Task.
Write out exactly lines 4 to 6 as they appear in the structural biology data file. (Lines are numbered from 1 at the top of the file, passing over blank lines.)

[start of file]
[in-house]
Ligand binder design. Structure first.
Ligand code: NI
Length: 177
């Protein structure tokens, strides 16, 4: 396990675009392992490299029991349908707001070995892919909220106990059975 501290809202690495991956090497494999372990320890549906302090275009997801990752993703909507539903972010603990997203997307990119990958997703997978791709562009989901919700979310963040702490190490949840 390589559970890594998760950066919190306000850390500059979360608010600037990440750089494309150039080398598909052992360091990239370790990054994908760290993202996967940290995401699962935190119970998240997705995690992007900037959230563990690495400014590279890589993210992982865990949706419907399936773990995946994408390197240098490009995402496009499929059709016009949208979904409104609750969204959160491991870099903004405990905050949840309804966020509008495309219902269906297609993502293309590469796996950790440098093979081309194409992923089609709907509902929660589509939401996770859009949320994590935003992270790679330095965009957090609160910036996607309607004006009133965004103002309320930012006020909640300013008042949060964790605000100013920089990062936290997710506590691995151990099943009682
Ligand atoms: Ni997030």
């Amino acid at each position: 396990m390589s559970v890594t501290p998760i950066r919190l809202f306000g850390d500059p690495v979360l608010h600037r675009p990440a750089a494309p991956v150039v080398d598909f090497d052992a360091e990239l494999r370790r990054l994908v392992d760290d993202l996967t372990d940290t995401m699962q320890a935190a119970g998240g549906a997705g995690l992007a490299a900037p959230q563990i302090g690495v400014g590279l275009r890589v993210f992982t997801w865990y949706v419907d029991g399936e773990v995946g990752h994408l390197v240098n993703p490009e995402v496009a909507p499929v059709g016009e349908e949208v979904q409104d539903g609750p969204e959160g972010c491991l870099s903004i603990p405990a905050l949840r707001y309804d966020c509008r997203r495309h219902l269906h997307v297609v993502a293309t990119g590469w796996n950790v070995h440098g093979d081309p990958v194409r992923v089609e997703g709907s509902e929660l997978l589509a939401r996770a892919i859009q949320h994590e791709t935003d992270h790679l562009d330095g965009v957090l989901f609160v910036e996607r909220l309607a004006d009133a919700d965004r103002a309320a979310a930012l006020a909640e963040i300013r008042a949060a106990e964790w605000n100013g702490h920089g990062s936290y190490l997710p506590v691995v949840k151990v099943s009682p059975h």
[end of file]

Length: 177
């Protein structure tokens, strides 16, 4: 396990675009392992490299029991349908707001070995892919909220106990059975 501290809202690495991956090497494999372990320890549906302090275009997801990752993703909507539903972010603990997203997307990119990958997703997978791709562009989901919700979310963040702490190490949840 390589559970890594998760950066919190306000850390500059979360608010600037990440750089494309150039080398598909052992360091990239370790990054994908760290993202996967940290995401699962935190119970998240997705995690992007900037959230563990690495400014590279890589993210992982865990949706419907399936773990995946994408390197240098490009995402496009499929059709016009949208979904409104609750969204959160491991870099903004405990905050949840309804966020509008495309219902269906297609993502293309590469796996950790440098093979081309194409992923089609709907509902929660589509939401996770859009949320994590935003992270790679330095965009957090609160910036996607309607004006009133965004103002309320930012006020909640300013008042949060964790605000100013920089990062936290997710506590691995151990099943009682
Ligand atoms: Ni997030």